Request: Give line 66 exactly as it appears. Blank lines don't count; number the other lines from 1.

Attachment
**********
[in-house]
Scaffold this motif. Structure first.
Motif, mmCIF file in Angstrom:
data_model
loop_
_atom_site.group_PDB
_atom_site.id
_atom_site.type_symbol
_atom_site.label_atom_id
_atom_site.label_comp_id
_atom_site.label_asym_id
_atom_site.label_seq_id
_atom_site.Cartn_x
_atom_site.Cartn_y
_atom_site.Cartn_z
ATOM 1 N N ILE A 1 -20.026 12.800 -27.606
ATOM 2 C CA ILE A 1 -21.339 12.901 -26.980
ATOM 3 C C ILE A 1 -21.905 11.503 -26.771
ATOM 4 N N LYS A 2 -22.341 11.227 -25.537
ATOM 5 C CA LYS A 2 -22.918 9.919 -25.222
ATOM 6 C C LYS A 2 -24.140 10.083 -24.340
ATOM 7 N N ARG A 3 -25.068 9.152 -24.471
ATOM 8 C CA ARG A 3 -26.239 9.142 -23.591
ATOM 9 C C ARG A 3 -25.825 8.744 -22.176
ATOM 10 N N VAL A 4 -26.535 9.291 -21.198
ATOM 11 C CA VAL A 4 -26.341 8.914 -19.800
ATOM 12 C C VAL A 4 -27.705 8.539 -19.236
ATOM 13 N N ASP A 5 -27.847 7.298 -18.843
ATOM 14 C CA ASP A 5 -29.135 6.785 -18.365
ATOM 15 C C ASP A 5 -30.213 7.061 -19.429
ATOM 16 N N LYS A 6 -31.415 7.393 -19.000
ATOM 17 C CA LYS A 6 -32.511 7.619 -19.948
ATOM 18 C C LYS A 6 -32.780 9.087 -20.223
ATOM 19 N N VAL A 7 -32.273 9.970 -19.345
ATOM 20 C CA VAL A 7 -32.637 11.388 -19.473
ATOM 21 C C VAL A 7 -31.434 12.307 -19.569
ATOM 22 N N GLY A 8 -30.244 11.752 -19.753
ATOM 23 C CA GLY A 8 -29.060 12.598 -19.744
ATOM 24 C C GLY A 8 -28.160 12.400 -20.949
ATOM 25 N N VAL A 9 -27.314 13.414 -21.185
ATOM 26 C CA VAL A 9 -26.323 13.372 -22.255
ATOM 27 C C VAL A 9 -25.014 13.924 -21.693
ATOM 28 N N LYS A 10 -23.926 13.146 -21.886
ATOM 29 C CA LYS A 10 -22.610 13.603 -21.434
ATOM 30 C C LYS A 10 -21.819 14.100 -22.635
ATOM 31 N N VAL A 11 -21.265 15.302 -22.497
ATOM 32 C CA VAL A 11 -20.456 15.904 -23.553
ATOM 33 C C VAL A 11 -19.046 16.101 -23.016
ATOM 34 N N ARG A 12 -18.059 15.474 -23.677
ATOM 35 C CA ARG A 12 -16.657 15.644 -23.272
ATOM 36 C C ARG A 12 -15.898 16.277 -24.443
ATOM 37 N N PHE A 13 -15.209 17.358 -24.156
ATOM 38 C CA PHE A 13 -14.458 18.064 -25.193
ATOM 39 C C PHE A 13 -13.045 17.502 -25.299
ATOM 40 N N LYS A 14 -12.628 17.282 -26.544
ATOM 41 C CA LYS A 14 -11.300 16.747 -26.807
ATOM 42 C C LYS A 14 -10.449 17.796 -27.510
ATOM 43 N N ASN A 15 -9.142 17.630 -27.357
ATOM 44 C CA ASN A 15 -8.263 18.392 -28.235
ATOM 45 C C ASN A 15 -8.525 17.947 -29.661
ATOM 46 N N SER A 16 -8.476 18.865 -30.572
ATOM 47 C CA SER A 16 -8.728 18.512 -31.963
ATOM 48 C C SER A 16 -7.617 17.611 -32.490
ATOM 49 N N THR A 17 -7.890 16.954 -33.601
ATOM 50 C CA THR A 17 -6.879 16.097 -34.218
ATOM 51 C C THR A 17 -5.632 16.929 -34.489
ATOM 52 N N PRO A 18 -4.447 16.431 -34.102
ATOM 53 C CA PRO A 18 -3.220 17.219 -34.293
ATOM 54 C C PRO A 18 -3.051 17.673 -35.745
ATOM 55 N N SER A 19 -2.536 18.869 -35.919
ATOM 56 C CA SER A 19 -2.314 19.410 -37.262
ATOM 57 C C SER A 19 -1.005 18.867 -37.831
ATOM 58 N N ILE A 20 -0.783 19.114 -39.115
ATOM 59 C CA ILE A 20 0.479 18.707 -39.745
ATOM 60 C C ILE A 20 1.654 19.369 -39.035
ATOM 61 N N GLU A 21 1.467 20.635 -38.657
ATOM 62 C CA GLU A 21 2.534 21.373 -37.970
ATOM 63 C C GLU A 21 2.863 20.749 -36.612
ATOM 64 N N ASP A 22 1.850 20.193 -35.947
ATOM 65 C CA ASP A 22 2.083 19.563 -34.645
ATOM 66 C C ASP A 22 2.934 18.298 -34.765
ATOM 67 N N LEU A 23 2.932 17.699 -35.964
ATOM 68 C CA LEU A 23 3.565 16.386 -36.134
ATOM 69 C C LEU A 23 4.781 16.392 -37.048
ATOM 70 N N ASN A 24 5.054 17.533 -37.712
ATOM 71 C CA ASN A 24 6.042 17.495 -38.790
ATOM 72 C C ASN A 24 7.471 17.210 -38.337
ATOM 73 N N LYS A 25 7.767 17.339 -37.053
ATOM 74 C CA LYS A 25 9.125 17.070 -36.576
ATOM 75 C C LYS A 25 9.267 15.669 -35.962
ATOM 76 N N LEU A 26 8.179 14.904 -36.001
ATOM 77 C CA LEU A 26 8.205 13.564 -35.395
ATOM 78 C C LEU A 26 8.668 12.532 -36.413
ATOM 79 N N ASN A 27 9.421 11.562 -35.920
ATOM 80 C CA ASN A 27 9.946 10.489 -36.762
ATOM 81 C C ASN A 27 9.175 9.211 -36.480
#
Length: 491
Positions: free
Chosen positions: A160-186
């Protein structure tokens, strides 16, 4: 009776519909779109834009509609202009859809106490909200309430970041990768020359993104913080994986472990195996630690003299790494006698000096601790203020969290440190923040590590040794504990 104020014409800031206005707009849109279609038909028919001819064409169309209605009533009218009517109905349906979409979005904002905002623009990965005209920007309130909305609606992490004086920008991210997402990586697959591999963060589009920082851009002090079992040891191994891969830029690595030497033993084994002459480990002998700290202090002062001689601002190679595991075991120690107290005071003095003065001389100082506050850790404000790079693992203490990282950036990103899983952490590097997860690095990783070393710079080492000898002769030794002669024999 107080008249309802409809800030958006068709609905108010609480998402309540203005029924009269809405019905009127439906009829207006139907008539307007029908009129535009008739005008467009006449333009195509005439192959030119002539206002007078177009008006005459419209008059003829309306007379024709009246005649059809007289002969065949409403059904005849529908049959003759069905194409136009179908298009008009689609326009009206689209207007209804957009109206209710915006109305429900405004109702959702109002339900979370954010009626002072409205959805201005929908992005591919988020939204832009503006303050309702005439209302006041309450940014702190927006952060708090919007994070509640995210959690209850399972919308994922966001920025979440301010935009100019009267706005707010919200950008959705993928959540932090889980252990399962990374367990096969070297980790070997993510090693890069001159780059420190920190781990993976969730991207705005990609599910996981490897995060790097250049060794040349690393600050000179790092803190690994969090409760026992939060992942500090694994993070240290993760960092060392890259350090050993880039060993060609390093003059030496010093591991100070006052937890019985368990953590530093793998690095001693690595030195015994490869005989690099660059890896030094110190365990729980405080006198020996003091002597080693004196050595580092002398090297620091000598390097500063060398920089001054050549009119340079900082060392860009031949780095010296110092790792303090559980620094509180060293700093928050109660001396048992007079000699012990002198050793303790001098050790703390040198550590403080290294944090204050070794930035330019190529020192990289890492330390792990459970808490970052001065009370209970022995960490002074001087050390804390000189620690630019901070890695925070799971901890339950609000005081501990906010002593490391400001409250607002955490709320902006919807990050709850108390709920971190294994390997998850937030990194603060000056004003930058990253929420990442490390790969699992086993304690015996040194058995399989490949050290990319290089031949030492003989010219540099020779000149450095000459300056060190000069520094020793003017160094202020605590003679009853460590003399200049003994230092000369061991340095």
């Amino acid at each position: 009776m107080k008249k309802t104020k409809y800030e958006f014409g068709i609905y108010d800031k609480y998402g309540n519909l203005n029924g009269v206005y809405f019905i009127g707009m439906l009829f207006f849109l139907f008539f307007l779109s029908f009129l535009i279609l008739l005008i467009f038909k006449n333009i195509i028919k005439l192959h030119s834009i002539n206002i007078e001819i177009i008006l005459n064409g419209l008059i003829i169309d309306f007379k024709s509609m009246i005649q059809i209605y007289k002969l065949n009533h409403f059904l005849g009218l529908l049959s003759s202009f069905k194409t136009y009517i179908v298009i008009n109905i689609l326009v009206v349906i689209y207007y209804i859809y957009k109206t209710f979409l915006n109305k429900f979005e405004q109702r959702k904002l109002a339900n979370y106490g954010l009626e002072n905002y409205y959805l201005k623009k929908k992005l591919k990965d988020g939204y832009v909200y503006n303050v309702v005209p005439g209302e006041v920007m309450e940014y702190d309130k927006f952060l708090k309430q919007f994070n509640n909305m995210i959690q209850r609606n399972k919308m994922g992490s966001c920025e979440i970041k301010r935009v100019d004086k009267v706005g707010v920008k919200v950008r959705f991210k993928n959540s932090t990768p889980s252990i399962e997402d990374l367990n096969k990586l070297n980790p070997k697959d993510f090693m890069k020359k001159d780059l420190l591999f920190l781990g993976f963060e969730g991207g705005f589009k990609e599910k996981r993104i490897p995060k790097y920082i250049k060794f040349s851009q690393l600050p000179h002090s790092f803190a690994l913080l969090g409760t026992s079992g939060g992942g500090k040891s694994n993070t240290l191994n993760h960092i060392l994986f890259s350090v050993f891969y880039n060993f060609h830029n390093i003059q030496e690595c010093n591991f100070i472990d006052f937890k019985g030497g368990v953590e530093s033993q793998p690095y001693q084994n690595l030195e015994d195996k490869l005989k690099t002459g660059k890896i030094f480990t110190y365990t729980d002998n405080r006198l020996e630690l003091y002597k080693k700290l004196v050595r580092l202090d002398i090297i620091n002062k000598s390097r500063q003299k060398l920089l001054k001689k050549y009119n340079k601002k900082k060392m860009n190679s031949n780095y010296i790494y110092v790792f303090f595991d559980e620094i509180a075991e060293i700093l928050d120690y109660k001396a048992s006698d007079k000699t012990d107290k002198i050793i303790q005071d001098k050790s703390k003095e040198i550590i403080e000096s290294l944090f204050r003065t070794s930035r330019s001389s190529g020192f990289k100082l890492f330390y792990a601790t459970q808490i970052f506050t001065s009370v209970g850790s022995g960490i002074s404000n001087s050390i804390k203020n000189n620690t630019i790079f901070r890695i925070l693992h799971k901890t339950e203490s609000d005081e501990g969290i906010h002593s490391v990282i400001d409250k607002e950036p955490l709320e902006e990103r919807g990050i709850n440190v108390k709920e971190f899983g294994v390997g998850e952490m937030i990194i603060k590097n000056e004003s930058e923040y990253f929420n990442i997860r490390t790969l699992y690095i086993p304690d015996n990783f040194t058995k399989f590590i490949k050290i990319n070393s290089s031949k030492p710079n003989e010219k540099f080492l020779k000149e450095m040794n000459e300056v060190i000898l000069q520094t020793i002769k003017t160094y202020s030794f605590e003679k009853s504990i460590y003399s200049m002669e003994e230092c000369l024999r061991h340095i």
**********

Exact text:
ATOM 51 C C THR A 17 -5.632 16.929 -34.489